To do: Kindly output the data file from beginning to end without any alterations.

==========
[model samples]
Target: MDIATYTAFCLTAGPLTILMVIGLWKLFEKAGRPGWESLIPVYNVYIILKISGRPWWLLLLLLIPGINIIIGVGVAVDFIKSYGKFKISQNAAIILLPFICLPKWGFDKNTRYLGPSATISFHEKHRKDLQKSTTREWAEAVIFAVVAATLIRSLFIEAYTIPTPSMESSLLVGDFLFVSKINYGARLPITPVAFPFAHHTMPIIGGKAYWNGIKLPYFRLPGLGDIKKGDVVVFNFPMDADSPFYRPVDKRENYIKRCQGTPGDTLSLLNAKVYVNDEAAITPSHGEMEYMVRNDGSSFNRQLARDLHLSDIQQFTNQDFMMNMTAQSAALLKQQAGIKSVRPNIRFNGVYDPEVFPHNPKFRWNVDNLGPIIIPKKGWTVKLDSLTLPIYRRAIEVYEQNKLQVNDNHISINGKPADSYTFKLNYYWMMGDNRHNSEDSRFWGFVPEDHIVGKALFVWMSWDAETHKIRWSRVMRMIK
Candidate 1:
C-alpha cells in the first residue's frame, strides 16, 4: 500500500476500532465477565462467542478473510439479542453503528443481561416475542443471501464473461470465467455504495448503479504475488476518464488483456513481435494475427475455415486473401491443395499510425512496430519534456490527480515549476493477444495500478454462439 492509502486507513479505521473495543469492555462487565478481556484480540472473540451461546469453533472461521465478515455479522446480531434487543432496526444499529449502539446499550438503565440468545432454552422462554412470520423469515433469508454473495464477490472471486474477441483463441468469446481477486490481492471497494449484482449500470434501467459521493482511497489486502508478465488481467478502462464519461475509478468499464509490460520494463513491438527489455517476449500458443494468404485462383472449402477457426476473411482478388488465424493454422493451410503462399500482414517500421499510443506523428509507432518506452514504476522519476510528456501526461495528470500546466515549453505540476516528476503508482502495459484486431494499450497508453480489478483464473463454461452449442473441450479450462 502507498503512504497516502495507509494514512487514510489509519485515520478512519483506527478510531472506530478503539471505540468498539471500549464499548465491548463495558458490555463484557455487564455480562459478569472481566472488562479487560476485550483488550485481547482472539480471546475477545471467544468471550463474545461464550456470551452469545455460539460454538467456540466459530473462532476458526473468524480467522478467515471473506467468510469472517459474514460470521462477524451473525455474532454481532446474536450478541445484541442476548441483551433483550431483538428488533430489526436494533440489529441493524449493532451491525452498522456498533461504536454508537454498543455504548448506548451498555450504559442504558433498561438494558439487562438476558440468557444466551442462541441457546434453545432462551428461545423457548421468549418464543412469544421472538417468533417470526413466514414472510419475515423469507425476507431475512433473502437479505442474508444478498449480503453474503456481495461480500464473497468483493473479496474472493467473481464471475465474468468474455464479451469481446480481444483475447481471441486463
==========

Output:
[model samples]
Target: MDIATYTAFCLTAGPLTILMVIGLWKLFEKAGRPGWESLIPVYNVYIILKISGRPWWLLLLLLIPGINIIIGVGVAVDFIKSYGKFKISQNAAIILLPFICLPKWGFDKNTRYLGPSATISFHEKHRKDLQKSTTREWAEAVIFAVVAATLIRSLFIEAYTIPTPSMESSLLVGDFLFVSKINYGARLPITPVAFPFAHHTMPIIGGKAYWNGIKLPYFRLPGLGDIKKGDVVVFNFPMDADSPFYRPVDKRENYIKRCQGTPGDTLSLLNAKVYVNDEAAITPSHGEMEYMVRNDGSSFNRQLARDLHLSDIQQFTNQDFMMNMTAQSAALLKQQAGIKSVRPNIRFNGVYDPEVFPHNPKFRWNVDNLGPIIIPKKGWTVKLDSLTLPIYRRAIEVYEQNKLQVNDNHISINGKPADSYTFKLNYYWMMGDNRHNSEDSRFWGFVPEDHIVGKALFVWMSWDAETHKIRWSRVMRMIK
Candidate 1:
C-alpha cells in the first residue's frame, strides 16, 4: 500500500476500532465477565462467542478473510439479542453503528443481561416475542443471501464473461470465467455504495448503479504475488476518464488483456513481435494475427475455415486473401491443395499510425512496430519534456490527480515549476493477444495500478454462439 492509502486507513479505521473495543469492555462487565478481556484480540472473540451461546469453533472461521465478515455479522446480531434487543432496526444499529449502539446499550438503565440468545432454552422462554412470520423469515433469508454473495464477490472471486474477441483463441468469446481477486490481492471497494449484482449500470434501467459521493482511497489486502508478465488481467478502462464519461475509478468499464509490460520494463513491438527489455517476449500458443494468404485462383472449402477457426476473411482478388488465424493454422493451410503462399500482414517500421499510443506523428509507432518506452514504476522519476510528456501526461495528470500546466515549453505540476516528476503508482502495459484486431494499450497508453480489478483464473463454461452449442473441450479450462 502507498503512504497516502495507509494514512487514510489509519485515520478512519483506527478510531472506530478503539471505540468498539471500549464499548465491548463495558458490555463484557455487564455480562459478569472481566472488562479487560476485550483488550485481547482472539480471546475477545471467544468471550463474545461464550456470551452469545455460539460454538467456540466459530473462532476458526473468524480467522478467515471473506467468510469472517459474514460470521462477524451473525455474532454481532446474536450478541445484541442476548441483551433483550431483538428488533430489526436494533440489529441493524449493532451491525452498522456498533461504536454508537454498543455504548448506548451498555450504559442504558433498561438494558439487562438476558440468557444466551442462541441457546434453545432462551428461545423457548421468549418464543412469544421472538417468533417470526413466514414472510419475515423469507425476507431475512433473502437479505442474508444478498449480503453474503456481495461480500464473497468483493473479496474472493467473481464471475465474468468474455464479451469481446480481444483475447481471441486463